Where do I begin? 5 Seconds of Summer pour their hearts and souls into their sophomore album, Sounds Good Feels Good. The first half is taken over by their classic pop punk sound with songs like “She’s Kinda Hot,” “Money” and “Hey Everybody.” Then it turns into something deeper, something people can relate to during “Broken Home” and “Airplanes.” Erase whatever preconceived idea of 5 Seconds of Summer that you have. It’s no longer all about four boys wishing they could get the girl (however, of course there are some songs that are still like that). There’s no debate that this album marks a critical point in the band’s history. The construction, the lyrics, the emotion that goes into each track makes all of them unique in their own way.
Released under Capitol Records and the band’s personal label, Hi or Hey Records, the album was produced by John Feldmann, who has also worked with bands like All Time Low, Sleeping With Sires, Black Veil Brides and Panic! At The Disco. The guys received a lot of help from Feldmann and other key people in writing their songs. SGFG has 14 tracks, the deluxe provides three additional songs, and an exclusive Target edition holds two more songs.
Brief background of 5SOS: The band consists of four guys from Australia; Luke Hemmings (guitar, vocals), Calum Hood (bass, vocals), Michael Clifford (guitar, vocals) and Ashton Irwin (drums, vocals). Sounds Good Feels Good is the second studio album for the band. They started the band in 2011 while they were still in high school and got their big break when One Direction invited them to open for their tour – twice. In May of this year, 5SOS journeyed on their first headline tour visiting Europe, Australia, New Zealand and North America. Following the release of their latest album, they will embark on their “Sounds Live Feel Live” 2016 tour.
Previously, it wasn’t uncommon to see Hemmings pinned as the lead singer, but this album changes that. Every member of the group, even the drummer, have their songs. No one holds back in this album. They all have an amazing talent for projecting their voice filled with emotion and passion for what they are singing, and they don’t take that for granted in SGFG. Another musical change is that the London Symphony Orchestra makes an appearance in a few songs. It was a creative twist that added a new and different vibe to the songs.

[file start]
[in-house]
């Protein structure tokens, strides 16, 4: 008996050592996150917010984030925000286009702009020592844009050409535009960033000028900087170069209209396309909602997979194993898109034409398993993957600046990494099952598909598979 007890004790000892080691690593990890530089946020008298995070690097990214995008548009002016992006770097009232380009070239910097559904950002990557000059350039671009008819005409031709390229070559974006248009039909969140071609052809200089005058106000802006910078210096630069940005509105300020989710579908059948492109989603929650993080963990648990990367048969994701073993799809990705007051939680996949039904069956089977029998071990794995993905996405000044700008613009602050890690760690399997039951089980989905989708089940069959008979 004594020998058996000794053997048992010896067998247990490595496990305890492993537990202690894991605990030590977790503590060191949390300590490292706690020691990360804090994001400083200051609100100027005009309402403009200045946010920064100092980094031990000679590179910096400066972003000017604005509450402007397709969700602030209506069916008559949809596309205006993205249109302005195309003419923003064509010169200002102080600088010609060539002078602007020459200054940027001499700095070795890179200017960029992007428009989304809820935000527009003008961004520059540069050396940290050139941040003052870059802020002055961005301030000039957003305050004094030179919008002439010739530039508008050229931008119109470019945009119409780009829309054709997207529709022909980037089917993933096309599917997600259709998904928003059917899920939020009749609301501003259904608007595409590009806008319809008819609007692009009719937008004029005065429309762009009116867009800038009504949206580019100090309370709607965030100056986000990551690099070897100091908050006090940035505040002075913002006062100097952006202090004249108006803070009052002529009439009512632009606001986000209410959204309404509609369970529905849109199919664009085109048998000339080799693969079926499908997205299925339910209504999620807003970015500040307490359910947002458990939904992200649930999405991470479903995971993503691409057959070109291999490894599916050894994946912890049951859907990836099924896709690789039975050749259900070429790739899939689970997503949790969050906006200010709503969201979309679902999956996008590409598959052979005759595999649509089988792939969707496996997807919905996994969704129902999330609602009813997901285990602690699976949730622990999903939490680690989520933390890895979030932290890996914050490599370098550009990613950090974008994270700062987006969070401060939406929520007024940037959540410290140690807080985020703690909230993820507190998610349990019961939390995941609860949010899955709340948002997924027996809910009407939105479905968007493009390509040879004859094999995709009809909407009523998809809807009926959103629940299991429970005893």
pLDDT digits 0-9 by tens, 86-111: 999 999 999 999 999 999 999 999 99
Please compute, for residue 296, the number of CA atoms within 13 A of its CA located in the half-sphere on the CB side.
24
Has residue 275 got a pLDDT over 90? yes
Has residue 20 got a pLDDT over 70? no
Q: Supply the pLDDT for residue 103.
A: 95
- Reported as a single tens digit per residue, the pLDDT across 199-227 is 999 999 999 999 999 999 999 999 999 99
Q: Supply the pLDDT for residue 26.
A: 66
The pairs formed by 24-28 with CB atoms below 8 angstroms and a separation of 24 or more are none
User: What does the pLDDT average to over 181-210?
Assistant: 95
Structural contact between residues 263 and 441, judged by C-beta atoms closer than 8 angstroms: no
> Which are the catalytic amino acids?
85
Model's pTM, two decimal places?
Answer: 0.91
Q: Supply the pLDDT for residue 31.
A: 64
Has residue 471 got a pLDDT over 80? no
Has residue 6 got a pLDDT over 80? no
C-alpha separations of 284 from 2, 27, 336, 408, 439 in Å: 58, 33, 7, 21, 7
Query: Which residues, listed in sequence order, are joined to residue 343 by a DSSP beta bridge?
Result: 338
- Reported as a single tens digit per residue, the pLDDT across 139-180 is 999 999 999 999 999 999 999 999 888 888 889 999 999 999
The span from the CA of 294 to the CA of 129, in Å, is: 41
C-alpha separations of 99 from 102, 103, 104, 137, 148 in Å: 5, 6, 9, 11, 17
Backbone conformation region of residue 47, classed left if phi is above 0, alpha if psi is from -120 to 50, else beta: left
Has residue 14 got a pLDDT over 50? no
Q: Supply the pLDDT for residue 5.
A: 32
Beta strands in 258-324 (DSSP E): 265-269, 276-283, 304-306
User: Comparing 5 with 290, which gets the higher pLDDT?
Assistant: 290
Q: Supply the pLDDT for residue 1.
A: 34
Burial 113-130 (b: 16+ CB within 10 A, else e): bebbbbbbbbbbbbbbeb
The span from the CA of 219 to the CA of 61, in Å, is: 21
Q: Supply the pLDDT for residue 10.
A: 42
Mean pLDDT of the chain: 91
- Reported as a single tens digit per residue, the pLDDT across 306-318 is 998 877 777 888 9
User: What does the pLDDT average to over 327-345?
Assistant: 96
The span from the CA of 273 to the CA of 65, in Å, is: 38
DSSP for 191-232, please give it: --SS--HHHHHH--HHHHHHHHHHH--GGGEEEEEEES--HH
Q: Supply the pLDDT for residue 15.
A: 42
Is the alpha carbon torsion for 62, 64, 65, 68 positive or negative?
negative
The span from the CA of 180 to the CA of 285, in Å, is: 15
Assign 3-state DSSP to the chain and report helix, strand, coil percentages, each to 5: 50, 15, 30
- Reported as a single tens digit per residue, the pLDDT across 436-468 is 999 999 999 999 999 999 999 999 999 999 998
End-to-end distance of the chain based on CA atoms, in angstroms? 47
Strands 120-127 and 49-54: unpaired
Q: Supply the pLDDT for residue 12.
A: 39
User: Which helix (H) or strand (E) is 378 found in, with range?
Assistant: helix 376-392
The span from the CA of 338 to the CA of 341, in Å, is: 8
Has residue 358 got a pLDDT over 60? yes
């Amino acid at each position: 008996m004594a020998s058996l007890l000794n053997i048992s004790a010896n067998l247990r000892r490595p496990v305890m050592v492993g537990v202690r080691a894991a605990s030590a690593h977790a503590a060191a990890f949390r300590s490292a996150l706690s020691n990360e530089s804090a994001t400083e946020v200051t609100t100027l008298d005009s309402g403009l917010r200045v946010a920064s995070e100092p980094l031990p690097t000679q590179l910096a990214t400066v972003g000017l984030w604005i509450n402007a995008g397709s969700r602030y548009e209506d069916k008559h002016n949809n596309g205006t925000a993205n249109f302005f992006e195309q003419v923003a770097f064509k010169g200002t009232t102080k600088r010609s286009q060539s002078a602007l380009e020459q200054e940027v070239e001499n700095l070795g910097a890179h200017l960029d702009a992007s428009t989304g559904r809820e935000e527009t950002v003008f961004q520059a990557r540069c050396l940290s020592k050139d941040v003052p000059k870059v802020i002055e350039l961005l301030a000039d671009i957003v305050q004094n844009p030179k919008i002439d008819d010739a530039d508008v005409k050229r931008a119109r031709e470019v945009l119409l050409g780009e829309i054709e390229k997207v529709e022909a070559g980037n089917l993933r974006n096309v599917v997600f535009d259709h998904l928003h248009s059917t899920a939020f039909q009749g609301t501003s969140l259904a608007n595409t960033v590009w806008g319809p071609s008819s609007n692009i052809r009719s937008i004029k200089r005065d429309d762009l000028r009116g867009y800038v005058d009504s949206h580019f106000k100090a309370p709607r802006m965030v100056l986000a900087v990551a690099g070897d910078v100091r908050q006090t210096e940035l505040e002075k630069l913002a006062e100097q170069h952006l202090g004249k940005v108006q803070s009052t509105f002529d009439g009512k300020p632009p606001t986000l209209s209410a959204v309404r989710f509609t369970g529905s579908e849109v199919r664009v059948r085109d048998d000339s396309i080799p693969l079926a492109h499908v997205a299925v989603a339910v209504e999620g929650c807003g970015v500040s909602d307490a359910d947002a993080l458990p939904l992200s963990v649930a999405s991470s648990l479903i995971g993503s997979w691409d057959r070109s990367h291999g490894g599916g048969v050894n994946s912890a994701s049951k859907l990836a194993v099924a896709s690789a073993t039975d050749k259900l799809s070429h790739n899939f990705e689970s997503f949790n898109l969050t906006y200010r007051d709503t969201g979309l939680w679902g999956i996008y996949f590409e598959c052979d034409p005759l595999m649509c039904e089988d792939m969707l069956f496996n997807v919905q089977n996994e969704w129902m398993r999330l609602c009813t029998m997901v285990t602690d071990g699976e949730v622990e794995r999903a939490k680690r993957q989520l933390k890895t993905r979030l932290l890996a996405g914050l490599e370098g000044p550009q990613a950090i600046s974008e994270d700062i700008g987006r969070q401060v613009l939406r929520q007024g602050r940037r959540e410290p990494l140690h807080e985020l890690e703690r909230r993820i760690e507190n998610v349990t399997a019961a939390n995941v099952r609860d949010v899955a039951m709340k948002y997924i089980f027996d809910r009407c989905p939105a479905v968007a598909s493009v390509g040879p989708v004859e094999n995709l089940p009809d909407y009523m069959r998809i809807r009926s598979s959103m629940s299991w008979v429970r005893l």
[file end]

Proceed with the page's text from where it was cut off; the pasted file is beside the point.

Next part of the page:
Disclaimer: I don’t want to say that this post is biased, but it kind of is. I am being honest with everything I write though – I wouldn’t lie to you. I’ve been a fan of this band for about three years now, I’ve seen them grow through their ups and downs. I saw the production of their first album, their numerous EPs, their worldwide tours, their popularity explode. This is by far their greatest creation to date. They are honest with themselves and with their audience. They aren’t afraid to touch on deeper and darker subjects.
“No one is writing music that highlights what everyone is scared to talk about – which is that everyone is sick and depressed these days. People out age, we feel like shit about ourselves. We wake up and we look at our phones and there are a thousand opinions on who we are – or what we are,” Irwin said in an interview with Billboard.
There’s no question about how much hard work 5SOS put into SGFG. A few months ago, grafitti images representing a song from the album began to pop up all around the world. It was a creative and interactive way to reach out to all of their fans since they can’t visit everyone at the same time. The band has explained that each song has a “character” that sort of personifies the song in a way.